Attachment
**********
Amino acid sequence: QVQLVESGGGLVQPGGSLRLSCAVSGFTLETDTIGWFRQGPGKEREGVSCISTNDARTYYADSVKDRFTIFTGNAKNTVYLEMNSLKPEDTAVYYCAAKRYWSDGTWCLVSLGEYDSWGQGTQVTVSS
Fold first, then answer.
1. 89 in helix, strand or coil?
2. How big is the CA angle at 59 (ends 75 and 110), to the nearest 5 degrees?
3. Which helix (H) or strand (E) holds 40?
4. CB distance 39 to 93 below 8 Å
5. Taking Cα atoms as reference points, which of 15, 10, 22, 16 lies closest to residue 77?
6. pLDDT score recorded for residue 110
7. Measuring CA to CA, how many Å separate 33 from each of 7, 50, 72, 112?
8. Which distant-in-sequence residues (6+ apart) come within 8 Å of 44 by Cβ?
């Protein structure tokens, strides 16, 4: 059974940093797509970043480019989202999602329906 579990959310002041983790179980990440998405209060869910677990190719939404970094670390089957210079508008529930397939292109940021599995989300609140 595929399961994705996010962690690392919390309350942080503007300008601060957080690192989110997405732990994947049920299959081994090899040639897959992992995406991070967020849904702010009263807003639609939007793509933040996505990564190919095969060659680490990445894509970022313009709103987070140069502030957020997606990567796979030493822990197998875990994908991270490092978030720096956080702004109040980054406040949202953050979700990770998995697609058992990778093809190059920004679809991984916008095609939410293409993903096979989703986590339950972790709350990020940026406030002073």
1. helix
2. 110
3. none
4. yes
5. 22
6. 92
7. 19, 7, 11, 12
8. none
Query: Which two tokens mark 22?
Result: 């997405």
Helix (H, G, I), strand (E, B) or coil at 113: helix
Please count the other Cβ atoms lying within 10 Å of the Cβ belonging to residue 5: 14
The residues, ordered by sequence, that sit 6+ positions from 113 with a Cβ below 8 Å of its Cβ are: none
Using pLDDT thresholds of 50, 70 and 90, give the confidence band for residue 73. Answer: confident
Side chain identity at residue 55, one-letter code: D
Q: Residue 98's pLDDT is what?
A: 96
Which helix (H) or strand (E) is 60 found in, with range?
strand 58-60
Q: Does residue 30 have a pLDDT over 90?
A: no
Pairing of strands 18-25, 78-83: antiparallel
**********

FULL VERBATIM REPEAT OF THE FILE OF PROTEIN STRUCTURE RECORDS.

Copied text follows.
Amino acid sequence: QVQLVESGGGLVQPGGSLRLSCAVSGFTLETDTIGWFRQGPGKEREGVSCISTNDARTYYADSVKDRFTIFTGNAKNTVYLEMNSLKPEDTAVYYCAAKRYWSDGTWCLVSLGEYDSWGQGTQVTVSS
Fold first, then answer.
1. 89 in helix, strand or coil?
2. How big is the CA angle at 59 (ends 75 and 110), to the nearest 5 degrees?
3. Which helix (H) or strand (E) holds 40?
4. CB distance 39 to 93 below 8 Å
5. Taking Cα atoms as reference points, which of 15, 10, 22, 16 lies closest to residue 77?
6. pLDDT score recorded for residue 110
7. Measuring CA to CA, how many Å separate 33 from each of 7, 50, 72, 112?
8. Which distant-in-sequence residues (6+ apart) come within 8 Å of 44 by Cβ?
């Protein structure tokens, strides 16, 4: 059974940093797509970043480019989202999602329906 579990959310002041983790179980990440998405209060869910677990190719939404970094670390089957210079508008529930397939292109940021599995989300609140 595929399961994705996010962690690392919390309350942080503007300008601060957080690192989110997405732990994947049920299959081994090899040639897959992992995406991070967020849904702010009263807003639609939007793509933040996505990564190919095969060659680490990445894509970022313009709103987070140069502030957020997606990567796979030493822990197998875990994908991270490092978030720096956080702004109040980054406040949202953050979700990770998995697609058992990778093809190059920004679809991984916008095609939410293409993903096979989703986590339950972790709350990020940026406030002073």
1. helix
2. 110
3. none
4. yes
5. 22
6. 92
7. 19, 7, 11, 12
8. none
Query: Which two tokens mark 22?
Result: 């997405």
Helix (H, G, I), strand (E, B) or coil at 113: helix
Please count the other Cβ atoms lying within 10 Å of the Cβ belonging to residue 5: 14
The residues, ordered by sequence, that sit 6+ positions from 113 with a Cβ below 8 Å of its Cβ are: none
Using pLDDT thresholds of 50, 70 and 90, give the confidence band for residue 73. Answer: confident
Side chain identity at residue 55, one-letter code: D
Q: Residue 98's pLDDT is what?
A: 96
Which helix (H) or strand (E) is 60 found in, with range?
strand 58-60
Q: Does residue 30 have a pLDDT over 90?
A: no
Pairing of strands 18-25, 78-83: antiparallel